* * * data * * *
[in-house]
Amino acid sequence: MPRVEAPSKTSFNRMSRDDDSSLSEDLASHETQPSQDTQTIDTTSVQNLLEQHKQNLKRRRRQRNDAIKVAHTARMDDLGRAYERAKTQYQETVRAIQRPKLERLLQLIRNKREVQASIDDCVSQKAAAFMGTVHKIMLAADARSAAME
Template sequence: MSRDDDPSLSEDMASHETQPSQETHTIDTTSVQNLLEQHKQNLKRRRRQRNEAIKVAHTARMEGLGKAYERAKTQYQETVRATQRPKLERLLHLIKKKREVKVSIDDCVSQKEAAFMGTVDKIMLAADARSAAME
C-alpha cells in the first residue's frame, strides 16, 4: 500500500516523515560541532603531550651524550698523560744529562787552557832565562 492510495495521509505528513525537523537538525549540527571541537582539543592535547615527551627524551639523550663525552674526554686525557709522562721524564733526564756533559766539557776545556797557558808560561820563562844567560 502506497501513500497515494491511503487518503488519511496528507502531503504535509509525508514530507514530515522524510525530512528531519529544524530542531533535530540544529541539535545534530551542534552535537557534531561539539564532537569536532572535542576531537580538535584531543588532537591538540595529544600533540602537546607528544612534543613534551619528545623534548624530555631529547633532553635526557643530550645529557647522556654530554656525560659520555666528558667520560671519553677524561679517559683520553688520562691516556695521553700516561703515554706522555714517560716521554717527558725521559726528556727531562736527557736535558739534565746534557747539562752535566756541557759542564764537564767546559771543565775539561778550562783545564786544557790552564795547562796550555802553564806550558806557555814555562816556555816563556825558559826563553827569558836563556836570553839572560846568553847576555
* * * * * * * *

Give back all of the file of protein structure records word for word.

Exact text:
[in-house]
Amino acid sequence: MPRVEAPSKTSFNRMSRDDDSSLSEDLASHETQPSQDTQTIDTTSVQNLLEQHKQNLKRRRRQRNDAIKVAHTARMDDLGRAYERAKTQYQETVRAIQRPKLERLLQLIRNKREVQASIDDCVSQKAAAFMGTVHKIMLAADARSAAME
Template sequence: MSRDDDPSLSEDMASHETQPSQETHTIDTTSVQNLLEQHKQNLKRRRRQRNEAIKVAHTARMEGLGKAYERAKTQYQETVRATQRPKLERLLHLIKKKREVKVSIDDCVSQKEAAFMGTVDKIMLAADARSAAME
C-alpha cells in the first residue's frame, strides 16, 4: 500500500516523515560541532603531550651524550698523560744529562787552557832565562 492510495495521509505528513525537523537538525549540527571541537582539543592535547615527551627524551639523550663525552674526554686525557709522562721524564733526564756533559766539557776545556797557558808560561820563562844567560 502506497501513500497515494491511503487518503488519511496528507502531503504535509509525508514530507514530515522524510525530512528531519529544524530542531533535530540544529541539535545534530551542534552535537557534531561539539564532537569536532572535542576531537580538535584531543588532537591538540595529544600533540602537546607528544612534543613534551619528545623534548624530555631529547633532553635526557643530550645529557647522556654530554656525560659520555666528558667520560671519553677524561679517559683520553688520562691516556695521553700516561703515554706522555714517560716521554717527558725521559726528556727531562736527557736535558739534565746534557747539562752535566756541557759542564764537564767546559771543565775539561778550562783545564786544557790552564795547562796550555802553564806550558806557555814555562816556555816563556825558559826563553827569558836563556836570553839572560846568553847576555